This is the mail archive of the
mailing list for the GCC project.
Re: Volatile MEMs in statement expressions and functions inlinedastrees
- From: Jason Merrill <jason at redhat dot com>
- To: Linus Torvalds <torvalds at transmeta dot com>
- Cc: Alexandre Oliva <aoliva at redhat dot com>, <gcc-patches at gcc dot gnu dot org>
- Date: Sun, 16 Dec 2001 00:11:25 +0000
- Subject: Re: Volatile MEMs in statement expressions and functions inlinedastrees
- References: <Pine.LNX.email@example.com>
>>>>> "Linus" == Linus Torvalds <firstname.lastname@example.org> writes:
> On 15 Dec 2001, Alexandre Oliva wrote:
>> > Also, I still claim that the standard CLEARLY SAYS (5.17.1):
>> > "..the result of the assignment operation is the VALUE STORED.."
> The meaning of "result of the assignment is the value stored" is not open
> to much debate.
Actually, it is. A close reading indicates that "the value stored in the
left operand" means "the value WHICH IS CURRENTLY stored in the left
operand", not "the value WHICH WE JUST stored in the left operand".
C99 Standard, Simple assignment:
In simple assignment (=), the value of the right operand is
converted to the type of the assignment expression and replaces the
value stored in the object designated by the left operand.
Here, 'the value stored' clearly refers to the value in the object BEFORE
the assignment. And, if you want C++ text,
C++ Standard, [basic.lval]:
If a program attempts to access the stored value of an object through an
lvalue of other than one of the following types the behavior is undefined:
Again we have the "stored value" of an object that does not refer to the
act of assignment. And there are other examples. Even the passage in
The result of the assignment operation is the value stored in the left
operand after the assignment has taken place
makes more sense when parsed this way. Otherwise, it would seem to be
talking about storing a value after assigning a value.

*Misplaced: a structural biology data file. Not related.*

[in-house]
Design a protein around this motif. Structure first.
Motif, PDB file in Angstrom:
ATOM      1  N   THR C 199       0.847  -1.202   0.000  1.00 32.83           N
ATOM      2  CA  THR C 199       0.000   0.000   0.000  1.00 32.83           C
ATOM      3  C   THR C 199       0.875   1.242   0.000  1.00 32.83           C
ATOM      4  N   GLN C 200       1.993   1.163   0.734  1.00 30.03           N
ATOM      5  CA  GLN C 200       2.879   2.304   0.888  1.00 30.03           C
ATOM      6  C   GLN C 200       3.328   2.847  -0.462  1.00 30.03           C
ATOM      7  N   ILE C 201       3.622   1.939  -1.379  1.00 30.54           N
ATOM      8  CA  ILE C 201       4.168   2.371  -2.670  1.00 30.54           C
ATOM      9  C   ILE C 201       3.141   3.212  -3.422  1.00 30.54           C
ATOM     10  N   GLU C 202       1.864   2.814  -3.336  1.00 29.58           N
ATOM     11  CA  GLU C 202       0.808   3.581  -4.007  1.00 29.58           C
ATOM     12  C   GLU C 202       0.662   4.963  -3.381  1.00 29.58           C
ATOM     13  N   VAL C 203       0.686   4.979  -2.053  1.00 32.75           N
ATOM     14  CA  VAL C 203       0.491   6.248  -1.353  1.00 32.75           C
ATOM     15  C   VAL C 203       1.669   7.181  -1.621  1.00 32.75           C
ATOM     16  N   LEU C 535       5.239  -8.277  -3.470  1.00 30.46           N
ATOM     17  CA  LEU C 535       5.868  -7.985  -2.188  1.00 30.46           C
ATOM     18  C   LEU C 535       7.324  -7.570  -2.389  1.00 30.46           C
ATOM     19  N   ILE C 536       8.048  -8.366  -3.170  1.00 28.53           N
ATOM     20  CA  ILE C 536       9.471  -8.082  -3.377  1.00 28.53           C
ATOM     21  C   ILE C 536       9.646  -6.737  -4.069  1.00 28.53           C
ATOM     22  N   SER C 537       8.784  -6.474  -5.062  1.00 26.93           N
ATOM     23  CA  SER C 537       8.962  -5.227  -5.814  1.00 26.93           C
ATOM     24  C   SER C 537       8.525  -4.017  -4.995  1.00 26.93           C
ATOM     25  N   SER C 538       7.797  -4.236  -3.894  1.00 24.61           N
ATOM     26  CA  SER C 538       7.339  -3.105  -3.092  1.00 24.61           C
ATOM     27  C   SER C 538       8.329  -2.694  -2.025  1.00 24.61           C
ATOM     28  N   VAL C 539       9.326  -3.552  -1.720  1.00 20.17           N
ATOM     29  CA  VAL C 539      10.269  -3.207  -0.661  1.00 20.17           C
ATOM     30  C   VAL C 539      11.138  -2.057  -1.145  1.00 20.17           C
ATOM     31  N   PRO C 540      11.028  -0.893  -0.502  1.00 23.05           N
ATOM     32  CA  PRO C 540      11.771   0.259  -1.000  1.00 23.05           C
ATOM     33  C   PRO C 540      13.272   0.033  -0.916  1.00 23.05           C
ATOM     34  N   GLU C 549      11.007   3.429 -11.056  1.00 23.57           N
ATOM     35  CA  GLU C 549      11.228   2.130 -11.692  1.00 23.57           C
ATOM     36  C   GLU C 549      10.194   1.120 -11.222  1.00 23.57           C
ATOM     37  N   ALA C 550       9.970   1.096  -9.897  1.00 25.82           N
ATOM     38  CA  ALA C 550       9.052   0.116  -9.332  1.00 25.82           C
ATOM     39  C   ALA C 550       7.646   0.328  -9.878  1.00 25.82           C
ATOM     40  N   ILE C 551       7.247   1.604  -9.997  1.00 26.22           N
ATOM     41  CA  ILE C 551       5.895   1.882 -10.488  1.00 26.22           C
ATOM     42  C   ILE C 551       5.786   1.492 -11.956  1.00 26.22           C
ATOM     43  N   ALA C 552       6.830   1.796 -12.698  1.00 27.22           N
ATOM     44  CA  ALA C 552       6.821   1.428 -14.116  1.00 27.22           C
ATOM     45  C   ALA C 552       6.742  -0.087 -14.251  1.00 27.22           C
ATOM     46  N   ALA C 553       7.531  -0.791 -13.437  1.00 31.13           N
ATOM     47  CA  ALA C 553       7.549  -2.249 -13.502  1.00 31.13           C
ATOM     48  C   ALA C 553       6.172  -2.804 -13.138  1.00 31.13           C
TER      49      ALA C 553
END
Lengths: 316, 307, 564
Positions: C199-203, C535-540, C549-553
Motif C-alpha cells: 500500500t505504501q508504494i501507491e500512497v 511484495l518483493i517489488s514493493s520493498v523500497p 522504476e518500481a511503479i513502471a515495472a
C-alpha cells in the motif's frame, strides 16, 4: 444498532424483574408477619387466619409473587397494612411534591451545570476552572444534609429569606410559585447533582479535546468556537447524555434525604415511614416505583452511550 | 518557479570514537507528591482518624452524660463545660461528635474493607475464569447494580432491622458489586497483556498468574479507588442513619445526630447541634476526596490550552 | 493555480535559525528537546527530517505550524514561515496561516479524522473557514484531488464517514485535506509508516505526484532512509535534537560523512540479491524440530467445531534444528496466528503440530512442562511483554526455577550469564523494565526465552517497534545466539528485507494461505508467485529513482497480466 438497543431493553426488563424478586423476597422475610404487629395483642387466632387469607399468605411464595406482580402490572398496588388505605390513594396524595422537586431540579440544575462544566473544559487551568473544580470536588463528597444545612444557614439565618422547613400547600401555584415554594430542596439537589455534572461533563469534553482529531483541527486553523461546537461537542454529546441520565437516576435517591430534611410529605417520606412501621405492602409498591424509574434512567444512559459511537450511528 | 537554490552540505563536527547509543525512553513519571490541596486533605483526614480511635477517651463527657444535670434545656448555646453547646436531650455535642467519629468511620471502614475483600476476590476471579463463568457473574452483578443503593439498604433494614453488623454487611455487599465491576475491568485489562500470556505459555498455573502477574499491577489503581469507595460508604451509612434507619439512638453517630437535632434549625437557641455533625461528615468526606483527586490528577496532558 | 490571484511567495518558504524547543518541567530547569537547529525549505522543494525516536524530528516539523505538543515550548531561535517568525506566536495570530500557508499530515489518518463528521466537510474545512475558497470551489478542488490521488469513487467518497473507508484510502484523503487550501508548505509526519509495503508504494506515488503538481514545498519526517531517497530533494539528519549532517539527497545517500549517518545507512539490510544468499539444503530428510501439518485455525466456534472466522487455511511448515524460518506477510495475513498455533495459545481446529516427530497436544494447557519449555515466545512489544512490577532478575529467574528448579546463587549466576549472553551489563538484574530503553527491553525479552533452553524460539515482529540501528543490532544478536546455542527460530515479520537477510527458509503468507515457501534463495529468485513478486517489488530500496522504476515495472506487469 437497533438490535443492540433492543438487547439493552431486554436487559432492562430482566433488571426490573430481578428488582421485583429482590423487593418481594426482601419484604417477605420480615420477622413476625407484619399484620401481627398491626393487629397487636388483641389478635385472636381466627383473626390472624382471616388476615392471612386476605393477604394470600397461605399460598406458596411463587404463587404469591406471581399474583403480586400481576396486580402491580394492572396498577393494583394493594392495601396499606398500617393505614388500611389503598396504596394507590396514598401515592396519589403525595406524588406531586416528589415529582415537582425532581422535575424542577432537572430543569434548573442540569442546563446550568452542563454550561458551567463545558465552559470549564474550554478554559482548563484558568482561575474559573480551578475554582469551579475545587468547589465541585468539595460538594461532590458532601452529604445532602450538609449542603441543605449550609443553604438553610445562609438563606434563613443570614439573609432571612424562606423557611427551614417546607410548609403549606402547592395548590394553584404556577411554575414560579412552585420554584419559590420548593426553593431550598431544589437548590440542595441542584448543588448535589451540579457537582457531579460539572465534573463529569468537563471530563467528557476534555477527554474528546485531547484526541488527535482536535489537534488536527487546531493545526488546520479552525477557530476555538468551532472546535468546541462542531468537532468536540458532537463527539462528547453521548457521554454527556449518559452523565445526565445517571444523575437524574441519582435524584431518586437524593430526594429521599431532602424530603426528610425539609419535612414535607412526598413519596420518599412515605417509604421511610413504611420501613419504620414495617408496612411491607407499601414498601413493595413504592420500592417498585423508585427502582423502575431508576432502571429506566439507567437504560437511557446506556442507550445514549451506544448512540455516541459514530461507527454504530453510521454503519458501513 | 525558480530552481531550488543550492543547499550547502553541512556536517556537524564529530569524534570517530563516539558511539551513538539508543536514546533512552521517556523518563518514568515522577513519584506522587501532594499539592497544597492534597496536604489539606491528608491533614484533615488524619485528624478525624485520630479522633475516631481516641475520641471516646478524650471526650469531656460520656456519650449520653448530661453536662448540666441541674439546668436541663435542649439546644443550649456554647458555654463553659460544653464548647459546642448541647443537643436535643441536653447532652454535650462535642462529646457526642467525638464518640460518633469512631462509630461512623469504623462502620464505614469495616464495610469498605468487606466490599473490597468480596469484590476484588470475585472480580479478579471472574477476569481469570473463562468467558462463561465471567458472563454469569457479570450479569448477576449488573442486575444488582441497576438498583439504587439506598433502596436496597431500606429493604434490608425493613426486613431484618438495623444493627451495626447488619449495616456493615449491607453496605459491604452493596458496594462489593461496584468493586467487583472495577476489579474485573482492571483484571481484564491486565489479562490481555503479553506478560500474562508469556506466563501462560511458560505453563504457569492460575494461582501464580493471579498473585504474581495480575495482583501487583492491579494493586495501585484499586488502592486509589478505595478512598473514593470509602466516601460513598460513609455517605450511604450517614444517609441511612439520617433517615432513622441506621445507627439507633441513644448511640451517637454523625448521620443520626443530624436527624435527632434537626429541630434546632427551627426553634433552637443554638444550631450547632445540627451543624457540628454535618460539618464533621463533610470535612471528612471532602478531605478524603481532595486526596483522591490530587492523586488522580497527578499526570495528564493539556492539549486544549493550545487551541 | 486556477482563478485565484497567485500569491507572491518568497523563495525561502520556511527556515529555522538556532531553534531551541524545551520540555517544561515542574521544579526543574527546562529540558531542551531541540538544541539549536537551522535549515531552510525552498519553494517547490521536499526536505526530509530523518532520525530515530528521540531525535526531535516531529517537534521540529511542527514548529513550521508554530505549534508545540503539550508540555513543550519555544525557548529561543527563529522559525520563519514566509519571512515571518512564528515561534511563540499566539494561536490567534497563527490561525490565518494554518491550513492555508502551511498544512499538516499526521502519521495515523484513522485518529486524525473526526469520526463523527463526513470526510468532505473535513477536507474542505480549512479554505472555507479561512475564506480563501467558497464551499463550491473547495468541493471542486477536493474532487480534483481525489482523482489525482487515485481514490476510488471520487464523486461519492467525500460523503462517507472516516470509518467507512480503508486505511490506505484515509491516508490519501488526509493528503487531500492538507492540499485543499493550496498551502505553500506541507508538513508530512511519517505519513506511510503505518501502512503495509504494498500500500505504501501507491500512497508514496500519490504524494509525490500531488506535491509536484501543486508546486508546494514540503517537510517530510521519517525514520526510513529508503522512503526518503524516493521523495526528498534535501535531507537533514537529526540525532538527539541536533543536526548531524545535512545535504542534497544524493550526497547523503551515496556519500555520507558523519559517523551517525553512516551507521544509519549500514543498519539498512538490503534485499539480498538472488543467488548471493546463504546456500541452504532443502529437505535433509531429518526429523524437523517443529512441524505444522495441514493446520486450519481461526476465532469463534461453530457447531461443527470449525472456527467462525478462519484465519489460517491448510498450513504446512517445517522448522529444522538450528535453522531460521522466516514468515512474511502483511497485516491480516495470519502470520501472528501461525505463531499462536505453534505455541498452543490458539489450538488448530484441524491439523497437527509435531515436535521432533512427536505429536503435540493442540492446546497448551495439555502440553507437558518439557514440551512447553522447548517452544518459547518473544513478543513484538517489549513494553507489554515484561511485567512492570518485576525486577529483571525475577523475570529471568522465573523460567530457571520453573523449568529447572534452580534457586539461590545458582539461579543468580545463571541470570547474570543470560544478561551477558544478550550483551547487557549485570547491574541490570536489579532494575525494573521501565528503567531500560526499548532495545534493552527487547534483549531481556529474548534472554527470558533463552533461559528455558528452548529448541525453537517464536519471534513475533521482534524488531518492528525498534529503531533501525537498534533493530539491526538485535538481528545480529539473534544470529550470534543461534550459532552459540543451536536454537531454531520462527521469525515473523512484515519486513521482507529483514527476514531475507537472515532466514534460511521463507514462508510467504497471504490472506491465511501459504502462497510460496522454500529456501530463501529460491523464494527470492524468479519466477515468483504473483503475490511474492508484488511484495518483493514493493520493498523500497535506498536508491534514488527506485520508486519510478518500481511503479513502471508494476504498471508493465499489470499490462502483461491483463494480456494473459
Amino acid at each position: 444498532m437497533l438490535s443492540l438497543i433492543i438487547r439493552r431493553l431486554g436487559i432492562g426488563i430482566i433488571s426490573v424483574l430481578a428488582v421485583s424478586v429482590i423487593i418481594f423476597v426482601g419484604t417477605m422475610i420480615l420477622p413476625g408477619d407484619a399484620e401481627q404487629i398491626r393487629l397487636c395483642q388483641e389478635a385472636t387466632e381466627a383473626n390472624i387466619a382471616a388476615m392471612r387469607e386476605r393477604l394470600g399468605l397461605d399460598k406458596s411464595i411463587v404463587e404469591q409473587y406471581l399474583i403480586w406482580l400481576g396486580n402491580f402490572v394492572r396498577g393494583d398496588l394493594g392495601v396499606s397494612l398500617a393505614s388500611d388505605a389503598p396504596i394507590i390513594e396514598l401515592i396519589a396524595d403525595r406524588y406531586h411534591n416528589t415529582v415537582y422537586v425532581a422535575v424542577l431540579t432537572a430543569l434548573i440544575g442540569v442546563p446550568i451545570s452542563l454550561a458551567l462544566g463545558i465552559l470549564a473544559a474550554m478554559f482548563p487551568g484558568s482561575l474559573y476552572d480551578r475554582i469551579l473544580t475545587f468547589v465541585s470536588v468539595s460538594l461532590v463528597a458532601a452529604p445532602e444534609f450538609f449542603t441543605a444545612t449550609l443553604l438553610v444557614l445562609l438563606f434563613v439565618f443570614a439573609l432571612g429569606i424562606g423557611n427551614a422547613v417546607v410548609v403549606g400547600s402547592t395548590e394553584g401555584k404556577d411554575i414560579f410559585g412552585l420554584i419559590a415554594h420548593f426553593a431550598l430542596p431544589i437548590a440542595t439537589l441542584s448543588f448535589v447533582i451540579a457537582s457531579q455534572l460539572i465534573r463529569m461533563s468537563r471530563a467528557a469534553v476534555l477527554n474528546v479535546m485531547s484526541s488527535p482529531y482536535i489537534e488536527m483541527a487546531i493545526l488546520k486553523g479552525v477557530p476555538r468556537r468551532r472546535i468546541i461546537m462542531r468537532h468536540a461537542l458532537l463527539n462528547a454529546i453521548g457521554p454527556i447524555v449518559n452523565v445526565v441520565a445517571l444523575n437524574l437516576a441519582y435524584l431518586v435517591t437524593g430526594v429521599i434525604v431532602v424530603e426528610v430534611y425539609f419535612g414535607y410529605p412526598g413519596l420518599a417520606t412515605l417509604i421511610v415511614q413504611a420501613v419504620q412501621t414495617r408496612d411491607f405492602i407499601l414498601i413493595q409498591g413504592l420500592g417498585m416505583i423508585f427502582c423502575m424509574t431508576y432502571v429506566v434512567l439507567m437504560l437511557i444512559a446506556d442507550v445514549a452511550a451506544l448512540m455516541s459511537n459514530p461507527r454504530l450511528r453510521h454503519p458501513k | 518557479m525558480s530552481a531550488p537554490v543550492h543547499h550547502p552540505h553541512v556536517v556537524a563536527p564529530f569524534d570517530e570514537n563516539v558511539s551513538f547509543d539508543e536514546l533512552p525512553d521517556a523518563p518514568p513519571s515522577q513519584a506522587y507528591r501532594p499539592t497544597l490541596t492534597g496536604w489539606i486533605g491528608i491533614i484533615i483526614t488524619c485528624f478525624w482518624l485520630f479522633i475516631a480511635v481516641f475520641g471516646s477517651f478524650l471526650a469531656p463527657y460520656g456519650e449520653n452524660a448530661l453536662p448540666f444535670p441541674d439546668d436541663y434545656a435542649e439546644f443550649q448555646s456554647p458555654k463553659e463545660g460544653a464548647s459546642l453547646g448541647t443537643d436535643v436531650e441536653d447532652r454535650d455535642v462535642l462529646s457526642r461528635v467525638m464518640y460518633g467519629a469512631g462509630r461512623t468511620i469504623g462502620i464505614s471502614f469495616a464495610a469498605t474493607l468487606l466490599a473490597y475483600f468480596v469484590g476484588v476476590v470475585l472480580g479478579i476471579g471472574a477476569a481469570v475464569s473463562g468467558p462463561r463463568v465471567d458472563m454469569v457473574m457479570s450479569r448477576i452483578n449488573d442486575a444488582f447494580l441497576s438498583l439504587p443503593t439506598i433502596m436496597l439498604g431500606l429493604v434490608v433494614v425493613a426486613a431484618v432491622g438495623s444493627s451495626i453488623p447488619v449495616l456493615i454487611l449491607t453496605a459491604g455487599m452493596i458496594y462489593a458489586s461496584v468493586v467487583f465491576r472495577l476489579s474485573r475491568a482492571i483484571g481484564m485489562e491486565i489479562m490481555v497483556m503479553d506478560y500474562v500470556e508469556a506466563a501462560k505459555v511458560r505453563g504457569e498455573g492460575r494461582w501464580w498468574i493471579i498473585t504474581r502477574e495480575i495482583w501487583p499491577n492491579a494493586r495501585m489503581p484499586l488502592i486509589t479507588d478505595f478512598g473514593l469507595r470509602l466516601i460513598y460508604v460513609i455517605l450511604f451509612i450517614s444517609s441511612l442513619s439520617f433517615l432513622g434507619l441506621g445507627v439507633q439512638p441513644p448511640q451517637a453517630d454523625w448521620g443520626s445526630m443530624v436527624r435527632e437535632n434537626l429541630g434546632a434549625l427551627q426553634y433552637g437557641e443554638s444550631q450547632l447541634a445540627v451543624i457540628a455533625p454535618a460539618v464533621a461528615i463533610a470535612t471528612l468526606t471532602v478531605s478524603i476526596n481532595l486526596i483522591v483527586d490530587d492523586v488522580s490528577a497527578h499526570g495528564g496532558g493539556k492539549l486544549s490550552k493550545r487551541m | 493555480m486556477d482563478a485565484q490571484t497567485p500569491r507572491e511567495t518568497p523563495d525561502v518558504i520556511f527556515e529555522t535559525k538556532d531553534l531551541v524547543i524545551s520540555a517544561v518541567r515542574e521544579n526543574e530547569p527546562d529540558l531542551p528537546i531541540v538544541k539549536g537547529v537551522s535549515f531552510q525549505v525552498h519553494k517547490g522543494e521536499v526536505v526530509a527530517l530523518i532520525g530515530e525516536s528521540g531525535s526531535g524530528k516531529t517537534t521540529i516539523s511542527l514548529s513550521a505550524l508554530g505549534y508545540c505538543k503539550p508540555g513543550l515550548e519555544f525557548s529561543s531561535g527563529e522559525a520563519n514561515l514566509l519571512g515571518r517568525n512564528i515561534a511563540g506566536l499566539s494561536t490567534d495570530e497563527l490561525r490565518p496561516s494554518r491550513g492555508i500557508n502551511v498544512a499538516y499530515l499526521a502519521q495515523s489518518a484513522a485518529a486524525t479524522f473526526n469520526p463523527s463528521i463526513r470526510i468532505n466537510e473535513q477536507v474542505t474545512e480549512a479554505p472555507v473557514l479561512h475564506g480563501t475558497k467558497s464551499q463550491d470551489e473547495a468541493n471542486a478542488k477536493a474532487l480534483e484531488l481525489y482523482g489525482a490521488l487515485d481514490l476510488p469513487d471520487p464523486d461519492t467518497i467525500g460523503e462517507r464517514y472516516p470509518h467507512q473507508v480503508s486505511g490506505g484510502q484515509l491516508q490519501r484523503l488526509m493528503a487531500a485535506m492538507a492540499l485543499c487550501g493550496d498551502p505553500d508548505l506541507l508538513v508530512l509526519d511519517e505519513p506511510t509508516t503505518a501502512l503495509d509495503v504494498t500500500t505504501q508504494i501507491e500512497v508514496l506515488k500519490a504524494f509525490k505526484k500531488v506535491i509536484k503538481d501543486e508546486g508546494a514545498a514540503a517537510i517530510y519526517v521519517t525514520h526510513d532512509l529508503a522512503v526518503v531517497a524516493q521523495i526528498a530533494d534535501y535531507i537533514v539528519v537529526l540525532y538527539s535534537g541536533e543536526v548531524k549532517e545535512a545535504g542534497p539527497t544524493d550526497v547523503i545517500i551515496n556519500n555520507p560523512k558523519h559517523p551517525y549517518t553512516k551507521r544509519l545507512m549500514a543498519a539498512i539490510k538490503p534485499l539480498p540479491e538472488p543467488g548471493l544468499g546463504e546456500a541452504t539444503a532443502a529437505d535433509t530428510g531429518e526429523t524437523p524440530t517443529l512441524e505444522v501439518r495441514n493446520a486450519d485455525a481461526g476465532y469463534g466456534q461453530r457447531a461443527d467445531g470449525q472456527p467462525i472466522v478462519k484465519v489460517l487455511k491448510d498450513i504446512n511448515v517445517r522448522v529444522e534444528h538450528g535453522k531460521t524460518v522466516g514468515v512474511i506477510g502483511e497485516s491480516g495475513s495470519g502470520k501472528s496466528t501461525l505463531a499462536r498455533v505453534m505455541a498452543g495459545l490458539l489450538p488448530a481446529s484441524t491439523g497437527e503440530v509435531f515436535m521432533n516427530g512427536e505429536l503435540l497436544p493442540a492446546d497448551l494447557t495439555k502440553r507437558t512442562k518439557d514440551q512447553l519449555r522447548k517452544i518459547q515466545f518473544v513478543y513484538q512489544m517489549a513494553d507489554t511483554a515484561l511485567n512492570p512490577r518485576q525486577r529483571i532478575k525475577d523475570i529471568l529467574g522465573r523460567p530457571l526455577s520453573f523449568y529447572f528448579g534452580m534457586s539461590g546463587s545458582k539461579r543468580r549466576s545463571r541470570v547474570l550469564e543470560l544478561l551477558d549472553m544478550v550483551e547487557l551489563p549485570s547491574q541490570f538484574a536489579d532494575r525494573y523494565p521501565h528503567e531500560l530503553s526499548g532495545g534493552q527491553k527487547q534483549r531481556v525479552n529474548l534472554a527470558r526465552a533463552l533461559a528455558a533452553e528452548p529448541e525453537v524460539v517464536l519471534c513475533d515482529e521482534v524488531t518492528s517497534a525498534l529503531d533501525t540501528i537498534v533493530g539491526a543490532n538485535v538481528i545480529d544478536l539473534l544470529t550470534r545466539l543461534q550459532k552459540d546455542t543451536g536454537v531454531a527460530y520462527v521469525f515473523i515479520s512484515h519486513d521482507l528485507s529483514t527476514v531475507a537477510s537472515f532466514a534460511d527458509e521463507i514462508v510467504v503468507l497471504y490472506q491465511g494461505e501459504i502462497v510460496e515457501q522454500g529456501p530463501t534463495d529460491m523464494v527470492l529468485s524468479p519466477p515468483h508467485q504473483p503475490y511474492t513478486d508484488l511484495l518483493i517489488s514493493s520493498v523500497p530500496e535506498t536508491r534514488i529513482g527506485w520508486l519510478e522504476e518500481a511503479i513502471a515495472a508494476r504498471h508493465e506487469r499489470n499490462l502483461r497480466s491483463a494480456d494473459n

> I further claim that NOWHERE does the standard say that the "lvalue to
> rvalue conversion" is an "access". Show me. I've quoted the passage, and
> I've pointed out that nowhere in the definition of "lvalue-rvalue"
> conversion does it _ever_ say anything about accessing the object
> associated with the lvalue.
But what else *could* it mean? [conv.lval] says that an l-r conversion
inside sizeof is not an access. Does that not suggest to you that such a
conversion outside sizeof IS an access? How else do you suppose the notion
of loading a value from memory/register is expressed? The only reason we
call it "lvalue to rvalue conversion" is because we don't want to talk
about machine-level semantics.
No, nowhere does it actually say that this is an access. But then, nowhere
does it say that ANYTHING is an access, and presumably something is. This
seems like an awfully good candidate to me. The assumption seems to be
that if the standard doesn't explicitly say that something isn't an access
(as with sizeof, above), then it is.
Did you ever look at the issues list URL I pointed you at? Again, the C++
core language subcommittee discussed this stuff on the email reflector, and
at the last meeting. What I'm telling you is the consensus. Your position
was brought up, considered, and set aside. Bring it up on comp.std.c++ if